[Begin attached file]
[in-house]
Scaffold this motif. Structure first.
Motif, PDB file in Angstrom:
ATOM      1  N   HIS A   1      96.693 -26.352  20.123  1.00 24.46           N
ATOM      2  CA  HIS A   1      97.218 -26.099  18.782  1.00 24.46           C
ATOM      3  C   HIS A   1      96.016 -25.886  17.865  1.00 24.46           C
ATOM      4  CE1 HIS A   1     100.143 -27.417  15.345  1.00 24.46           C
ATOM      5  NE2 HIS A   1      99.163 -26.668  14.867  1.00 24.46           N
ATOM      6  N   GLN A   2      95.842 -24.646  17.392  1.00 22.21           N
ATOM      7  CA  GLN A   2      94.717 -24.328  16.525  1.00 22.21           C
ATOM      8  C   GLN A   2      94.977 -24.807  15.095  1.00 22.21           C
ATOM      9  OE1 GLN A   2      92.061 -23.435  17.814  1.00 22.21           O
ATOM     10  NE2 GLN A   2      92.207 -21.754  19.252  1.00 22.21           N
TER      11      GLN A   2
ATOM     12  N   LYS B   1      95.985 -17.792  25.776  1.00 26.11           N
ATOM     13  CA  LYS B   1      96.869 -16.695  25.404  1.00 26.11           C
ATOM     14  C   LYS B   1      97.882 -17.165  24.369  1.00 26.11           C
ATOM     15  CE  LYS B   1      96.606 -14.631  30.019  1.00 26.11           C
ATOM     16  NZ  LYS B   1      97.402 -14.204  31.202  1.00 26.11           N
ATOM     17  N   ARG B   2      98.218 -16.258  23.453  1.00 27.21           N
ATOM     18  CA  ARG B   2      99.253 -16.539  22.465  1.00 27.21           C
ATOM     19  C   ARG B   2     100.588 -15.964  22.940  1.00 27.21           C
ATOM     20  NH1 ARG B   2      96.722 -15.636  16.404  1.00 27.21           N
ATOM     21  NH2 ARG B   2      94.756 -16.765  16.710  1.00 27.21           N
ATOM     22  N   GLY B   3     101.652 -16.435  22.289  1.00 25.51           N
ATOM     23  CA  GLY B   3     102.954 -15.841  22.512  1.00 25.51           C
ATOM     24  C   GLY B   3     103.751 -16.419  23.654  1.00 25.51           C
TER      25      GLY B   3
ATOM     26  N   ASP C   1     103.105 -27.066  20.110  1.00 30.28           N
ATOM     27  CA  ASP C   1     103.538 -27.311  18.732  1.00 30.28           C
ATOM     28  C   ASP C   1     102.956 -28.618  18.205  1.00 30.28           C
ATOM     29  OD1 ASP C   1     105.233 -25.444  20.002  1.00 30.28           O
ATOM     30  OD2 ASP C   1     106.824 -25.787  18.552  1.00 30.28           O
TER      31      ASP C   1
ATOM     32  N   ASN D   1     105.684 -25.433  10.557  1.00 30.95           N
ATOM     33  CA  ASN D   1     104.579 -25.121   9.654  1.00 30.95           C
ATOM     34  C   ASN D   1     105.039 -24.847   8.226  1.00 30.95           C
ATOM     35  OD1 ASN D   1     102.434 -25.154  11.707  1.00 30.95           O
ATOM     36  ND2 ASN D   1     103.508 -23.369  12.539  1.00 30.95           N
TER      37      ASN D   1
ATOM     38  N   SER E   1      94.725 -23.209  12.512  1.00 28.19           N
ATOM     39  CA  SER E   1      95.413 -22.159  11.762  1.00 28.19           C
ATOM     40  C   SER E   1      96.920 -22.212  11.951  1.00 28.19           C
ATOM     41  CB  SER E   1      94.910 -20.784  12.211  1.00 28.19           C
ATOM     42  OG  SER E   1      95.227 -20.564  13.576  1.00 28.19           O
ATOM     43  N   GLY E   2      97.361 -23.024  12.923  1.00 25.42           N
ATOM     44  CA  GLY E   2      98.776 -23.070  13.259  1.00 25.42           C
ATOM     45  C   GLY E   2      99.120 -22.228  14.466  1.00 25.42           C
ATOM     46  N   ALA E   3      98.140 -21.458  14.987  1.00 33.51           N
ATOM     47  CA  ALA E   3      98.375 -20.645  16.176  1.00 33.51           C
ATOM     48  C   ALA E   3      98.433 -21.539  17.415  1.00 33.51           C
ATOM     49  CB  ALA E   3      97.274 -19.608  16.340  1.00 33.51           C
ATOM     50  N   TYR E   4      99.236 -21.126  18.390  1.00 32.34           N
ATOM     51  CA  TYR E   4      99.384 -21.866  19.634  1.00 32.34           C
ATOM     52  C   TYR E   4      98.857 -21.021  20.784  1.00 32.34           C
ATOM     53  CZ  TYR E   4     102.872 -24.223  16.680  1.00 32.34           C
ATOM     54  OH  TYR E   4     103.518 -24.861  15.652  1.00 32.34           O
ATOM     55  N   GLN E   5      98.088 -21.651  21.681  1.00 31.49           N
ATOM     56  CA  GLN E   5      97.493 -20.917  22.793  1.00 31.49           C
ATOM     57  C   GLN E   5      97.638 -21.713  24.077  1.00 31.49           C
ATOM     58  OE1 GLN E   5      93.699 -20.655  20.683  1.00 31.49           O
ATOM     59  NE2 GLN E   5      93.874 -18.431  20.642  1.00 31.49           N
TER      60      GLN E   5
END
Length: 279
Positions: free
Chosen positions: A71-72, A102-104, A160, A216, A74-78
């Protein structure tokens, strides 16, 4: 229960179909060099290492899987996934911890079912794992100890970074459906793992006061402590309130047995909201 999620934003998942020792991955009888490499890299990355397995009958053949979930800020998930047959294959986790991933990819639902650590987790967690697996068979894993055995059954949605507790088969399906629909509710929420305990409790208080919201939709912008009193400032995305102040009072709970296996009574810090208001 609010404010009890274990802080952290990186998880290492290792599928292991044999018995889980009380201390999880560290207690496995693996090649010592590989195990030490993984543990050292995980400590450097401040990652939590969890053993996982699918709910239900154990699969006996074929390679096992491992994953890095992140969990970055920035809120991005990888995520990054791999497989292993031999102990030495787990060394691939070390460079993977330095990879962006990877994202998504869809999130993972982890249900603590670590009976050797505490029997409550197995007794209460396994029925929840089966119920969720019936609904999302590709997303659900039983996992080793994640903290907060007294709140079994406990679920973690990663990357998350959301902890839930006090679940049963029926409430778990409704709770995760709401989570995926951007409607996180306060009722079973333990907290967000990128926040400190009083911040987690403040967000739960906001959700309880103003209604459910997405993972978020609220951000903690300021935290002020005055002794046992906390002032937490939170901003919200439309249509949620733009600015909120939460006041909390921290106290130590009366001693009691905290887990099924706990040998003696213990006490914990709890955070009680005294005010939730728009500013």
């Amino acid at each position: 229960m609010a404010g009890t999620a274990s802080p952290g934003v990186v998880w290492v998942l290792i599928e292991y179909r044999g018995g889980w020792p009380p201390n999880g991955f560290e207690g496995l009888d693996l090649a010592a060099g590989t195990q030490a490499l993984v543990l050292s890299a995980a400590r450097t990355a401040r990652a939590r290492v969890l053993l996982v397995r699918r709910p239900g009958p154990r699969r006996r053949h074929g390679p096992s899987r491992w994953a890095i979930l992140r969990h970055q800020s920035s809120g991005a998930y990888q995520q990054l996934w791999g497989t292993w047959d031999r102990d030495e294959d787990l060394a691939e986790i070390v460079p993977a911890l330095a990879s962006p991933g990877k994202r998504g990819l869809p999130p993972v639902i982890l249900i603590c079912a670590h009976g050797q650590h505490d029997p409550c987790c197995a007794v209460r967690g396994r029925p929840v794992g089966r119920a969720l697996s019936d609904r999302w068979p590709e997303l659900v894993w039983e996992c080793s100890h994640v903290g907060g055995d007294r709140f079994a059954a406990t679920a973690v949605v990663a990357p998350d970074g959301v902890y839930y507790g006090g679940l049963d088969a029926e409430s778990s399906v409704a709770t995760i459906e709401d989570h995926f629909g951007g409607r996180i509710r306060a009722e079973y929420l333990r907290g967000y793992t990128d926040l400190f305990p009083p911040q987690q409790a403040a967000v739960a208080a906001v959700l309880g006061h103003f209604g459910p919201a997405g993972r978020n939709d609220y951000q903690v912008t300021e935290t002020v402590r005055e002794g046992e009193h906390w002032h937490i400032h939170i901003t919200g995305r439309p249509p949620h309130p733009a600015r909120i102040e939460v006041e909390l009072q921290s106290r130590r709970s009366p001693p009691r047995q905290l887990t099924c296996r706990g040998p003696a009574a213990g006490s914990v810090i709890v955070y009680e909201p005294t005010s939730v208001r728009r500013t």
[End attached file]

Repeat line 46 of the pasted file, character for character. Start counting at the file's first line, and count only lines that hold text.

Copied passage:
ATOM     43  N   GLY E   2      97.361 -23.024  12.923  1.00 25.42           N